with out delay the welding must take place very quickly after pre heat
    You must also Lightly peen the weld after each bead and alternate the welding on both sides. you must grind out both sides making a 60 to 90 deg bevel
    you can use 7018 because your break is not moer than 60% of the casting
    Now here is the fun part what cast rod are you going to use?????
    there is Aws category RCI , ECI , EST AND ENI cast rods
    good luck

    Darmik

    Leave a comment:


  • weldingcowboy64
    replied
    Cast Iron.

    The shape of the cast iron drill press part looks like it could be fabricated out of some pipe and other metal pretty easy or have a local machine shop make one. Or like some of the others have said, Hi nickle rod or wire and pre-heat and post heat , cool very slowly. Good luck

    Leave a comment:


  • MontanaMan
    replied
    Well ... that's the prettiest looking ring I've seen in a long time ... :-)

    Thanks Bob, and let me know if there is ever anything I can do for you.

    Leave a comment:


  • aametalmaster
    replied
    Ring is in the mail.

    MM your ring is in the mail. Glad to have helped...Bob
    Attached Files

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  • SkidSteerSteve
    replied
    tank drain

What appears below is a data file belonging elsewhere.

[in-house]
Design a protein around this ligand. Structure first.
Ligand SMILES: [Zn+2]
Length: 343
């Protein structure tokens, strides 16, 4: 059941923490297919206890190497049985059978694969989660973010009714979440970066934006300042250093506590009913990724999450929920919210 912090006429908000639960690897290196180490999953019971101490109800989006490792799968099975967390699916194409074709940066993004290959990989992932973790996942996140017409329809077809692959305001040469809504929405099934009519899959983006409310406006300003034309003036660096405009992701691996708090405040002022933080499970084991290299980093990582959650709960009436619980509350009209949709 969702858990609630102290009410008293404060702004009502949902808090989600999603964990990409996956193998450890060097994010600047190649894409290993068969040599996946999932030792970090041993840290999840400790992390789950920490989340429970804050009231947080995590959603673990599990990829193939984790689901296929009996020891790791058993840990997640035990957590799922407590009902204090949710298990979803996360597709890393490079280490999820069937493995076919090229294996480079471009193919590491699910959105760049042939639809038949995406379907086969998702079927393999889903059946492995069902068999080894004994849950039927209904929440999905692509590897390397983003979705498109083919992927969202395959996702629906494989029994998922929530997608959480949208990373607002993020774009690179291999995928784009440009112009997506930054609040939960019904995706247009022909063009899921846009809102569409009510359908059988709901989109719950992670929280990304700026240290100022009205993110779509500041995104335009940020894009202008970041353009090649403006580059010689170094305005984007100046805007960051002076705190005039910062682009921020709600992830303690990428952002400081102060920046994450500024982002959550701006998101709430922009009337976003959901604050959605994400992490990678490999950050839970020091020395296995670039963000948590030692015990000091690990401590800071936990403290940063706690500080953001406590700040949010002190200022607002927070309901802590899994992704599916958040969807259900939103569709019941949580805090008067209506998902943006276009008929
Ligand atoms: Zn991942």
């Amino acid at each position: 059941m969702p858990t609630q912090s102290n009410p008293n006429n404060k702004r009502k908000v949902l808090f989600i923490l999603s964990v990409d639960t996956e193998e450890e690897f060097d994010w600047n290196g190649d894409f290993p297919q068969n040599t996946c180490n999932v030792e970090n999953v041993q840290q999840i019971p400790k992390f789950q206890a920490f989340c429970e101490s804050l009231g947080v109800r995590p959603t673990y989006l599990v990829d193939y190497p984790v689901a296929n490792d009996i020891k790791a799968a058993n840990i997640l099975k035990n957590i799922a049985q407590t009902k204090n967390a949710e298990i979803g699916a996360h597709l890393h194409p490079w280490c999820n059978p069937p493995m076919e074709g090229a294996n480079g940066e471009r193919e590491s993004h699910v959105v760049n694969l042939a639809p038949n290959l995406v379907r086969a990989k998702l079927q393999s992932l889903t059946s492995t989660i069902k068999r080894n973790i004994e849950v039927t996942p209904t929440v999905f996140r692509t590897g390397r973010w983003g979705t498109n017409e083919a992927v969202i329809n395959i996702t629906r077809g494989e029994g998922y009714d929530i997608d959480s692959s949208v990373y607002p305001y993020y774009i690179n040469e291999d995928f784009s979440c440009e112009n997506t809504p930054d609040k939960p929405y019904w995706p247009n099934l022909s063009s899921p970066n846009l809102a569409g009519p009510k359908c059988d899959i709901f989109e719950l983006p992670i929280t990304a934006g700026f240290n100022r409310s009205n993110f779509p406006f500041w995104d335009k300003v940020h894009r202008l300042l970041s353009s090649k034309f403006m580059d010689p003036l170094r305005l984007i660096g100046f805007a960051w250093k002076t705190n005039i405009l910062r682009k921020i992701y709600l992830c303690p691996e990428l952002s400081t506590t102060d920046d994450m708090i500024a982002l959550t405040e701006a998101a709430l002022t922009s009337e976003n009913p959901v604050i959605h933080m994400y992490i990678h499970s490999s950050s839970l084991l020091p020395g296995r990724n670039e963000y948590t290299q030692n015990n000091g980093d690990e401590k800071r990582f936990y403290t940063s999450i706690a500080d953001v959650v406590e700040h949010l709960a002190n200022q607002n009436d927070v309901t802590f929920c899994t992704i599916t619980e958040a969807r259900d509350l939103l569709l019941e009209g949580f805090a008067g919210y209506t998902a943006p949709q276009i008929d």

Here's a little trick I found to regular tank draining....

    I don't know who decided that those little wing-nuttish looking drain valve are adaquate, but I shure don't like them. I remove them and replace them with a spring loaded drain valve designed for air brake storage tanks. Then you can leave the cord hanging to the side of the tank and just give it a yank as you pass by. After all, that's exactly what those little $5 parts are intended to be used for. I don't consider myself lazy, but any convienece I can work into my day, I'm all for it.

    Also, I'll throw this out there and see what happens...I know a lot of people (maily small shops/hobby garages that plumb their air systems with PVC pipe....DON"T!!! while pvc has a pressure rating suitable for most air systems, they are designed for fluids, not gases. I know people that have gotten many year's service out of them, but I wouldn't risk it. If a plastic pipe ruptures, there will be hundreds of little pvc arrowheads flying about the shop. Not to mention the fact that they can get brittle in cold weather (oh and decompressing gas has a tendency to chill them down as well)


    Just an FYI I thought should be out there.
    -SSS
    Last edited by SkidSteerSteve; 09-18-2006, 08:44 AM.

    Leave a comment:


  • MontanaMan
    replied